Letter From the Chair
Christopher Beach, MD, FACEP
Having recently had the pleasant-and-cognitively non-taxing (not!) opportunity to perform awake fiberoptic intubation on a few patients, it seemed like a good time to review some of the history of airway management and discuss current training in advanced airway skills for EM.
Prior to 1878, the management of airway problems was predominantly performed through tracheostomy or blind intubation. Tracheostomy had been used for thousands of years to manage airway obstruction. In 1880, a Scottish physician, Sir William Macewen, described passing an oral tube into the trachea after having practiced digital intubation on cadavers. From 1885 to the early 1900s physicians like Joseph O’Dwyer, George Fell and Hans Kuhn modified flexible tubes to relieve airway obstruction in patients with diphtheria. During this time and through World War I, where many casualties required intubation, development of direct laryngoscopy and tracheal intubation occurred.
Alfred Kirstein developed the “autoscope” to view the airway and Chevalier Jackson built upon this tool by providing illumination with a tungsten light bulb to improve visualization of the glottis in the 1920s. In 1941, Robert Miller described the straight laryngoscope blade and in 1943 Sir Robert Macintosh described the curved blade, both of which are still in use, with modifications today. With the introduction of curare at the same time, tracheal intubation became routine. In the 1960s, electronic monitoring and the use of plastic further advanced airway management. However, failure to provide adequate glottic views prompted the innovation of fiberoptic bronchoscopes in the 1980s, the laryngeal mask airway and Bullard laryngoscope in the 1990s and video laryngoscopes in the 2000s. Currently, video laryngoscopes such as the Glidescope and C-mac, as well as hand held video laryngoscopes, are becoming increasingly popular as the first choice for intubation. Co-existent with many of these equipment advances were advances in sedative medications and paralytics, as well as monitoring tools such as pulse oximetry and capnography.
Increasingly, current efforts to improve advance airway management skills focus on the cognitive aspects of this task; simply “passing plastic” does not assure a safe and effective procedure. 95% of the work that goes into decision-making includes evaluating the necessity of the airway procedure, effectively preparing the environment for success, planning for contingencies, providing the most optimal medications, and assuring that the entire team understands the task at hand. These leadership skills are equally, if not more important, in assuring good patient outcomes. Colleagues of yours within QIPS, as well as many others within ACEP, are currently working on this effort to assure intubation is as safe as possible. Additionally, many residents have recognized that this skill is vital to career success. At my institution, Northwestern University, our residents have created their own Airway and Procedural Sedation Committee, which is a sub-committee of our Quality Management Committee. Nine resident physicians are part of this committee and work closely with physician leaders and nurses to: build better equipment platforms; further develop monitoring and documentation tools; advance educational efforts through quantifiable data; and strategize ways to change culture. One central effort of this work is the approach that every airway should be considered a ‘difficult airway’ and removing ‘difficult’ from the lexicon assures that providers are cognitively prepared and have the necessary equipment to manage any contingency.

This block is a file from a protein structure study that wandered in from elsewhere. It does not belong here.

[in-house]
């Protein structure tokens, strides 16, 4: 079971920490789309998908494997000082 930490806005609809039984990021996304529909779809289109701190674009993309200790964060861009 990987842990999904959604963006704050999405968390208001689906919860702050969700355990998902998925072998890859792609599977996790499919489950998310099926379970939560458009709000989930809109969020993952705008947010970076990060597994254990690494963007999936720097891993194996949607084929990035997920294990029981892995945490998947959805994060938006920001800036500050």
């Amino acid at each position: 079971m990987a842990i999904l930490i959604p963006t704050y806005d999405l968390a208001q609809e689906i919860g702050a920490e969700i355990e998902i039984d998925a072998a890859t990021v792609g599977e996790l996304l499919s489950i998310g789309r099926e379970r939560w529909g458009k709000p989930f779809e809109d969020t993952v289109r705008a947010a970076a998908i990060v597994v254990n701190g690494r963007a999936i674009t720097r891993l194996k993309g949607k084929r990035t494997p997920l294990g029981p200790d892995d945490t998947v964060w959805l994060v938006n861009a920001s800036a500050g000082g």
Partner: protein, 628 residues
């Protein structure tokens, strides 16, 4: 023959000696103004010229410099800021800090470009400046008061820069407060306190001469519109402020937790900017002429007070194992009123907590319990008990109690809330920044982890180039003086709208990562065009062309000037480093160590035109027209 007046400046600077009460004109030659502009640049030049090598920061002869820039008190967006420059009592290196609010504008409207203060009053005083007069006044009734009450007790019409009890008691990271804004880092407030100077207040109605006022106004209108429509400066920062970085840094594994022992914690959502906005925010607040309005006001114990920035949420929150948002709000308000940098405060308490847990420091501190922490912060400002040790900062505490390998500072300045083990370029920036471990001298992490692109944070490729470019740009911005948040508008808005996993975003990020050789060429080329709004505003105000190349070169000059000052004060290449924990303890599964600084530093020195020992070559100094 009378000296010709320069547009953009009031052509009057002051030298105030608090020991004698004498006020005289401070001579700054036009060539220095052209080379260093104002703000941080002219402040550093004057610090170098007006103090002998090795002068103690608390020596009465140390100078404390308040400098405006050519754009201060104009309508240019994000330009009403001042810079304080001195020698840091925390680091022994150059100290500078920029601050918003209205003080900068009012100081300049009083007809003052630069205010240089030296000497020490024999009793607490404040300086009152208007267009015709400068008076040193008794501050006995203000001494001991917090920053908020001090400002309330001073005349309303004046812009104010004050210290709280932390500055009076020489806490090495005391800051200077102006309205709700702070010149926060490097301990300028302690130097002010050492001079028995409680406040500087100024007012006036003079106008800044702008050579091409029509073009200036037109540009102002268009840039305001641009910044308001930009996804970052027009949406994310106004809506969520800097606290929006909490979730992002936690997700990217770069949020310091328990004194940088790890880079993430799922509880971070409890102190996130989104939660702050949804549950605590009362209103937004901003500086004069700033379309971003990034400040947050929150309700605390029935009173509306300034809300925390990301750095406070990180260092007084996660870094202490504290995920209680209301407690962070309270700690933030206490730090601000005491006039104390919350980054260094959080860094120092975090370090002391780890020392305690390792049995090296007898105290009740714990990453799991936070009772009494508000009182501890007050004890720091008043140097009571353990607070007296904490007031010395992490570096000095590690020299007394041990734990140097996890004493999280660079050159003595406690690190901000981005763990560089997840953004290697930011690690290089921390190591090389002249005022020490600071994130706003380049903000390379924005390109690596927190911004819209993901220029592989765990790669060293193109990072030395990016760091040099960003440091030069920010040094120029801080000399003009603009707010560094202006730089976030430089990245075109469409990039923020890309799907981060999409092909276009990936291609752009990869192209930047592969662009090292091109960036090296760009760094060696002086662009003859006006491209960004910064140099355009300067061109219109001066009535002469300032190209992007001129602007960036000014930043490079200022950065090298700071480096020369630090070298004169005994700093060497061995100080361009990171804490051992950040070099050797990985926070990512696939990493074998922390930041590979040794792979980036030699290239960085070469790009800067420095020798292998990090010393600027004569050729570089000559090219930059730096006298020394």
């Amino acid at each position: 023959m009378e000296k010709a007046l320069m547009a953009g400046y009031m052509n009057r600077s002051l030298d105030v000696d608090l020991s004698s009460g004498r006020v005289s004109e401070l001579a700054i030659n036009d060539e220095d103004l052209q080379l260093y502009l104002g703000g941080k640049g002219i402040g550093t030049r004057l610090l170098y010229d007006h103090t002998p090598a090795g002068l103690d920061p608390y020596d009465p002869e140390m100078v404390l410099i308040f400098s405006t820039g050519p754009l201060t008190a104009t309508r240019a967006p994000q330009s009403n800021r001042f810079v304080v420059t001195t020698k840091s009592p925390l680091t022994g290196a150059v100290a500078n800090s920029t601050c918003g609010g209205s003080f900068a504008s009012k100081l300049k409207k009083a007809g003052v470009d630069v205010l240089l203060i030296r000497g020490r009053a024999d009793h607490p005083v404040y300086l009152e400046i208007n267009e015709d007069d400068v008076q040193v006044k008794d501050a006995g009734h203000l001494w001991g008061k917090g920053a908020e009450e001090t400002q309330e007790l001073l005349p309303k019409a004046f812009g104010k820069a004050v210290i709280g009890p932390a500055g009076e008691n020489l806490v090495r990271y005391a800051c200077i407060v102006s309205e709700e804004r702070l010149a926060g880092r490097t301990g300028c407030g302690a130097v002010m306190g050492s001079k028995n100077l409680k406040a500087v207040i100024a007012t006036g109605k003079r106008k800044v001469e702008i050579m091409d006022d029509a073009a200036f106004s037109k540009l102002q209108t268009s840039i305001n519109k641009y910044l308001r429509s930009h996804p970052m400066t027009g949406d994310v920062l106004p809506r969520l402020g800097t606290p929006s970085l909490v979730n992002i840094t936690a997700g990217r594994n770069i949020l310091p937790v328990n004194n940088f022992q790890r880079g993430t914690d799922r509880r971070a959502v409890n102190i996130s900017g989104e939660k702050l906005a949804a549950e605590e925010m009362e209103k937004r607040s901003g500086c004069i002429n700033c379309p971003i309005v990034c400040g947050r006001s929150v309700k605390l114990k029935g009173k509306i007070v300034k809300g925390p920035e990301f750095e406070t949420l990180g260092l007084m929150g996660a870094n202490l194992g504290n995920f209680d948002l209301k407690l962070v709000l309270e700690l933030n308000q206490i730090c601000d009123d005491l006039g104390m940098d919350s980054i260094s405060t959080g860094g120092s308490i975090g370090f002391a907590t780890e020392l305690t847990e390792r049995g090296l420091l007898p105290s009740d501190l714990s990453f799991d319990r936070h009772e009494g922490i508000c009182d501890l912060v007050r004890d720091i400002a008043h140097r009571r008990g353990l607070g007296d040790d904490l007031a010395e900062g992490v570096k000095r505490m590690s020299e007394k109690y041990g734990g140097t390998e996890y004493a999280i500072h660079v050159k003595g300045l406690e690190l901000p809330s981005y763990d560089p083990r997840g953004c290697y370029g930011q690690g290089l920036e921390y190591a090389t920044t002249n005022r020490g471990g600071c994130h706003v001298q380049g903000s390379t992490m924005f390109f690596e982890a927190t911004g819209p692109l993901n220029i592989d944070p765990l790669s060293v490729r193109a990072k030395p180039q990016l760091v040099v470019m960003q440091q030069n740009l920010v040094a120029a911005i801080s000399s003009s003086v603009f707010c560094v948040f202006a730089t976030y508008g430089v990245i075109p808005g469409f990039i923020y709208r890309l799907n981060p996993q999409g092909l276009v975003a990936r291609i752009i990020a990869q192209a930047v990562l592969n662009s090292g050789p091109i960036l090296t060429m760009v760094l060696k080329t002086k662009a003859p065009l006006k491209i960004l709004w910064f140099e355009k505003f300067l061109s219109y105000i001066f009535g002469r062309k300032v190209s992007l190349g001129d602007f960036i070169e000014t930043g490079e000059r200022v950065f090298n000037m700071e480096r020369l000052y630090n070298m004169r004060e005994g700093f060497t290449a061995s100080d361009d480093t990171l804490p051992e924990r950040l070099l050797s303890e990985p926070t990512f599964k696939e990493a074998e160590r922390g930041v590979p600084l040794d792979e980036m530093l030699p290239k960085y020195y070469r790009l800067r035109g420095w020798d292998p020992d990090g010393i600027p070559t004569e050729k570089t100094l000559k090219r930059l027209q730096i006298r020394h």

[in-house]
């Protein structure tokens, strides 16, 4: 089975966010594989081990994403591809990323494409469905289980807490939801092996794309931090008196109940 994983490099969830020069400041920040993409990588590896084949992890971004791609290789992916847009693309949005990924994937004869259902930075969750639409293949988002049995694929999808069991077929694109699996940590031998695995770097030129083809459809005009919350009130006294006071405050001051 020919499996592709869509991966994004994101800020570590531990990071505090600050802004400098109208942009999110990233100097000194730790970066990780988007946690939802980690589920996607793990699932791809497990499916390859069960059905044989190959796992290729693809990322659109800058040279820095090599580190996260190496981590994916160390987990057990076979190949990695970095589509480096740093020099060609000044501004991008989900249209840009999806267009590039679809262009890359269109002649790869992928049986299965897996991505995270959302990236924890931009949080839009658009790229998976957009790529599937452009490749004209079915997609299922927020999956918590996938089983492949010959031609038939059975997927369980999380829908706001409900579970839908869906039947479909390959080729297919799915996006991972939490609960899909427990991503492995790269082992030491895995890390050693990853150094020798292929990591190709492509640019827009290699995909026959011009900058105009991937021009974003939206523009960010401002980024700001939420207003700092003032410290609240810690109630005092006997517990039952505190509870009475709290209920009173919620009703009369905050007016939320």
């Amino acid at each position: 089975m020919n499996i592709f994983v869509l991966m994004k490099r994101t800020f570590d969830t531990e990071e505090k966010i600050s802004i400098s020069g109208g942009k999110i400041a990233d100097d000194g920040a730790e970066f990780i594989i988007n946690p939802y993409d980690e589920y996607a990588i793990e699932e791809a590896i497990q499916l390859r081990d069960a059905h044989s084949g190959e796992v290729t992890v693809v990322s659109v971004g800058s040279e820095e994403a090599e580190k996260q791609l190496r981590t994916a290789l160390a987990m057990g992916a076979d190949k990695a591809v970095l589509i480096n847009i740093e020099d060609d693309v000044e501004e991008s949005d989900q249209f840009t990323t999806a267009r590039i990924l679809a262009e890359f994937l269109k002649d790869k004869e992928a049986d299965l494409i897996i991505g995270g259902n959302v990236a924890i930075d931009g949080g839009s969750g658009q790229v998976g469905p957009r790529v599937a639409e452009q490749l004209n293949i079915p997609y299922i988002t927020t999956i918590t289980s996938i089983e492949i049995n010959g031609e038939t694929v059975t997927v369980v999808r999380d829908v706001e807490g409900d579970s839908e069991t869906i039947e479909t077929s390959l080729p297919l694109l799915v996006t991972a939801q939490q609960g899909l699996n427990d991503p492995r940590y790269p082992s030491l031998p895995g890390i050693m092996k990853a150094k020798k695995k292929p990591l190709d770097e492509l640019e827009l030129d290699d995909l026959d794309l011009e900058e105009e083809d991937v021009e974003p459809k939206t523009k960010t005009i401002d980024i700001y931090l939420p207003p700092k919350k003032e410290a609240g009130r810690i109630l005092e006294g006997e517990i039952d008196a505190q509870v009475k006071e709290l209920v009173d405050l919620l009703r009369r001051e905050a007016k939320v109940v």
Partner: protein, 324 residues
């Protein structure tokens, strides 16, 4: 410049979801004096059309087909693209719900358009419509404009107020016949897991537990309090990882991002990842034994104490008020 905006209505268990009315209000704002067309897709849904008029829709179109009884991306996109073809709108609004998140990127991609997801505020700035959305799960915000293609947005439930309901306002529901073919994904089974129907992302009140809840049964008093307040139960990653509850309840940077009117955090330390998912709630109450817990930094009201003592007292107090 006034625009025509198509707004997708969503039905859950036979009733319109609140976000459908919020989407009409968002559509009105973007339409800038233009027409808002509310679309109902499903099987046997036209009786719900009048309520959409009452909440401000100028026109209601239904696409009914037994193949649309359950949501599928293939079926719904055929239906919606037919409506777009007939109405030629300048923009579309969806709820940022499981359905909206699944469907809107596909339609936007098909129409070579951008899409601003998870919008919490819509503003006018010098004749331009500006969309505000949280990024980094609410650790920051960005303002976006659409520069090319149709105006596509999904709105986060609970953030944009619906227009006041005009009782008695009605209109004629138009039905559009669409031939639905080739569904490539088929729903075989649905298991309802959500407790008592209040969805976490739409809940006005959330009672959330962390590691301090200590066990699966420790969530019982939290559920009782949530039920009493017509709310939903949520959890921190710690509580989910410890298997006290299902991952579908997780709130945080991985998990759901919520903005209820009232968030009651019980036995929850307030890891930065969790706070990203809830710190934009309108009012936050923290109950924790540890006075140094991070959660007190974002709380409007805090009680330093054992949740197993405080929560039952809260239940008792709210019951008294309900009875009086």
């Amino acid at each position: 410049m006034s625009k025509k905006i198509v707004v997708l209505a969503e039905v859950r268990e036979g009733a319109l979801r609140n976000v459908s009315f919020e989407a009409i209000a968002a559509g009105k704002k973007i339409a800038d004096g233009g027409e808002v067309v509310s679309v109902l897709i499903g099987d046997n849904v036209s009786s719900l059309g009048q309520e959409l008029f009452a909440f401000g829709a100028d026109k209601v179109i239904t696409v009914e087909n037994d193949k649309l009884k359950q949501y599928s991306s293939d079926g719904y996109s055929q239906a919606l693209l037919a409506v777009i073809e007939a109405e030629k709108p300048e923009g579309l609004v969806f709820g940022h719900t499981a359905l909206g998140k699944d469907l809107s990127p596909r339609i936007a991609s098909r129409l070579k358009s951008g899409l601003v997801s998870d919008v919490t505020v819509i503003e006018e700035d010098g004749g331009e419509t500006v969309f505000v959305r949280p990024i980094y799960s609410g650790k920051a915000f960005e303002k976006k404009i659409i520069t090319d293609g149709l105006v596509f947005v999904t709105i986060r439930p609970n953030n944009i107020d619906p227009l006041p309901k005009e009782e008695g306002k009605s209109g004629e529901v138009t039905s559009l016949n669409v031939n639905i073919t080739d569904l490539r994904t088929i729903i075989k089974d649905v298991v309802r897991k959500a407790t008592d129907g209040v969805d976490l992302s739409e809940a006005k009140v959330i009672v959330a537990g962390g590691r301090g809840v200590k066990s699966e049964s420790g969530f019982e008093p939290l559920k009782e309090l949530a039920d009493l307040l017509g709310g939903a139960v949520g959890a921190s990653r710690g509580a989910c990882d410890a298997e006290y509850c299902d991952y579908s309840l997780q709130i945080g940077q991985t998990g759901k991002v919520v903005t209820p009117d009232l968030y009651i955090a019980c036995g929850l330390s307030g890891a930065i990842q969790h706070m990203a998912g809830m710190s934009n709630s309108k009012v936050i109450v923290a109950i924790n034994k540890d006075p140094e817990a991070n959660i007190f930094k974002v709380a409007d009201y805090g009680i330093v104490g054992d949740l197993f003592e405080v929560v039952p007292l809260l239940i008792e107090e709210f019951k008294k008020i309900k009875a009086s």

The history of airway management is impressive and long. Currently, there are many intensive educational classes focused solely on airway skills and management for emergency medicine physicians taught by emergency medicine physicians. Emergency Medicine (EM), as a specialty, evolved in the 1960s and 1970s beginning with the “Alexandria Plan” in parallel to similar large advances with airway management. Fortunately, ACEP’s founders and the early residency programs of the 1970s recognized the need for advanced airway skills for EM clinicians and this became a key research and educational area in EM. It is the work of pioneers in EM which provided a trusting and fertile ground for those of us currently to explore new and exciting ways to safely and efficiently manage any emergent airway. Without those efforts, it would not have been possible for us to have contemplated awake fiberoptic intubation for those patients who prompted this short review and successfully save their lives. With deep and genuine gratitude I would like to thank them for those efforts and inform them that, every day, their work is saving lives.
On a personal note, I want to thank the members of QIPS, current and past leaders, and our ACEP Staff Liaisons, Stacie Jones and Dainsworth Chambers for your mentorship and leadership over the past year. It has been my distinct privilege to grow and learn from national experts in safety and quality as a clear focus on value has emerged for this generation of EM providers. QIPS is one of the finest sections within ACEP and it is blessed with ample talent, which helps advance the efforts of ACEP and EM as a specialty. I have appreciated the opportunity to serve as Chair and look forward to our exciting future as a Section dedicated to advancing quality and safety in Emergency Medicine.
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